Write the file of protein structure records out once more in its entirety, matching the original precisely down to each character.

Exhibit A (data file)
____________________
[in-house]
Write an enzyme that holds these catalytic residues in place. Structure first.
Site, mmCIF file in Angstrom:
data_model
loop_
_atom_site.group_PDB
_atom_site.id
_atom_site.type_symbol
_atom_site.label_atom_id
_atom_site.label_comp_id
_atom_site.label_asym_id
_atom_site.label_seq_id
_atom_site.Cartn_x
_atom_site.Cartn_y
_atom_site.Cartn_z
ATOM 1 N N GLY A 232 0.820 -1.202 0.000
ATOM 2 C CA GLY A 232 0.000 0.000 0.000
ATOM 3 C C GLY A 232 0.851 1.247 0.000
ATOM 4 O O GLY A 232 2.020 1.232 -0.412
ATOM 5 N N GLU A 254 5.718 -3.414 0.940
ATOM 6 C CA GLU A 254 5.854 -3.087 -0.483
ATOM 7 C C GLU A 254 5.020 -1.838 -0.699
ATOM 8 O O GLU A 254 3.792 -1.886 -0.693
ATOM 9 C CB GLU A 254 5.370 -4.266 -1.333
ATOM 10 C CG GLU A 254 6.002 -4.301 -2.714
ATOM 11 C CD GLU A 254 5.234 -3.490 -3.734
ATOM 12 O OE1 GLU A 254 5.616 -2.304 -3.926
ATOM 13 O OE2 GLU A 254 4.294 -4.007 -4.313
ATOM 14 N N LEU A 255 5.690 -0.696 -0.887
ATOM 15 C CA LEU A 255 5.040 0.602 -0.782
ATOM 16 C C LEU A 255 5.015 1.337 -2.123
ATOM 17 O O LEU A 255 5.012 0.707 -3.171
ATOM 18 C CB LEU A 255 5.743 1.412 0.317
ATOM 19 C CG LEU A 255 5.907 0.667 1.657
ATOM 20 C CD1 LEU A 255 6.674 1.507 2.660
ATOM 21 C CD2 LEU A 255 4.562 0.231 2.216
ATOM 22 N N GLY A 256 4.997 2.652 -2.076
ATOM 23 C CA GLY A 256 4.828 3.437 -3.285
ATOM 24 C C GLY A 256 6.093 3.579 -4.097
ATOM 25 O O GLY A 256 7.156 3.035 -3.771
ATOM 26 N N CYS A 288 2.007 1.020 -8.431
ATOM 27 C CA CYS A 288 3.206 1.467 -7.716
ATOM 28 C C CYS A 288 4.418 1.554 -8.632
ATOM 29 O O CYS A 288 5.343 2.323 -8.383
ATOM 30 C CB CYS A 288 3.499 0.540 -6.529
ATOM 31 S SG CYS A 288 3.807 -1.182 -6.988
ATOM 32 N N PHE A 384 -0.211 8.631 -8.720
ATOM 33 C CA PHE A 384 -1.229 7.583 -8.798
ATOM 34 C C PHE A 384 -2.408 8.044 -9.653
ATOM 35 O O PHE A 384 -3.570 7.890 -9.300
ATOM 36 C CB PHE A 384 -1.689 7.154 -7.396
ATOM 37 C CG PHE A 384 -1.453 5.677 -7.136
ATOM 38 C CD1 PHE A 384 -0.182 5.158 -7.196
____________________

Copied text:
[in-house]
Write an enzyme that holds these catalytic residues in place. Structure first.
Site, mmCIF file in Angstrom:
data_model
loop_
_atom_site.group_PDB
_atom_site.id
_atom_site.type_symbol
_atom_site.label_atom_id
_atom_site.label_comp_id
_atom_site.label_asym_id
_atom_site.label_seq_id
_atom_site.Cartn_x
_atom_site.Cartn_y
_atom_site.Cartn_z
ATOM 1 N N GLY A 232 0.820 -1.202 0.000
ATOM 2 C CA GLY A 232 0.000 0.000 0.000
ATOM 3 C C GLY A 232 0.851 1.247 0.000
ATOM 4 O O GLY A 232 2.020 1.232 -0.412
ATOM 5 N N GLU A 254 5.718 -3.414 0.940
ATOM 6 C CA GLU A 254 5.854 -3.087 -0.483
ATOM 7 C C GLU A 254 5.020 -1.838 -0.699
ATOM 8 O O GLU A 254 3.792 -1.886 -0.693
ATOM 9 C CB GLU A 254 5.370 -4.266 -1.333
ATOM 10 C CG GLU A 254 6.002 -4.301 -2.714
ATOM 11 C CD GLU A 254 5.234 -3.490 -3.734
ATOM 12 O OE1 GLU A 254 5.616 -2.304 -3.926
ATOM 13 O OE2 GLU A 254 4.294 -4.007 -4.313
ATOM 14 N N LEU A 255 5.690 -0.696 -0.887
ATOM 15 C CA LEU A 255 5.040 0.602 -0.782
ATOM 16 C C LEU A 255 5.015 1.337 -2.123
ATOM 17 O O LEU A 255 5.012 0.707 -3.171
ATOM 18 C CB LEU A 255 5.743 1.412 0.317
ATOM 19 C CG LEU A 255 5.907 0.667 1.657
ATOM 20 C CD1 LEU A 255 6.674 1.507 2.660
ATOM 21 C CD2 LEU A 255 4.562 0.231 2.216
ATOM 22 N N GLY A 256 4.997 2.652 -2.076
ATOM 23 C CA GLY A 256 4.828 3.437 -3.285
ATOM 24 C C GLY A 256 6.093 3.579 -4.097
ATOM 25 O O GLY A 256 7.156 3.035 -3.771
ATOM 26 N N CYS A 288 2.007 1.020 -8.431
ATOM 27 C CA CYS A 288 3.206 1.467 -7.716
ATOM 28 C C CYS A 288 4.418 1.554 -8.632
ATOM 29 O O CYS A 288 5.343 2.323 -8.383
ATOM 30 C CB CYS A 288 3.499 0.540 -6.529
ATOM 31 S SG CYS A 288 3.807 -1.182 -6.988
ATOM 32 N N PHE A 384 -0.211 8.631 -8.720
ATOM 33 C CA PHE A 384 -1.229 7.583 -8.798
ATOM 34 C C PHE A 384 -2.408 8.044 -9.653
ATOM 35 O O PHE A 384 -3.570 7.890 -9.300
ATOM 36 C CB PHE A 384 -1.689 7.154 -7.396
ATOM 37 C CG PHE A 384 -1.453 5.677 -7.136
ATOM 38 C CD1 PHE A 384 -0.182 5.158 -7.196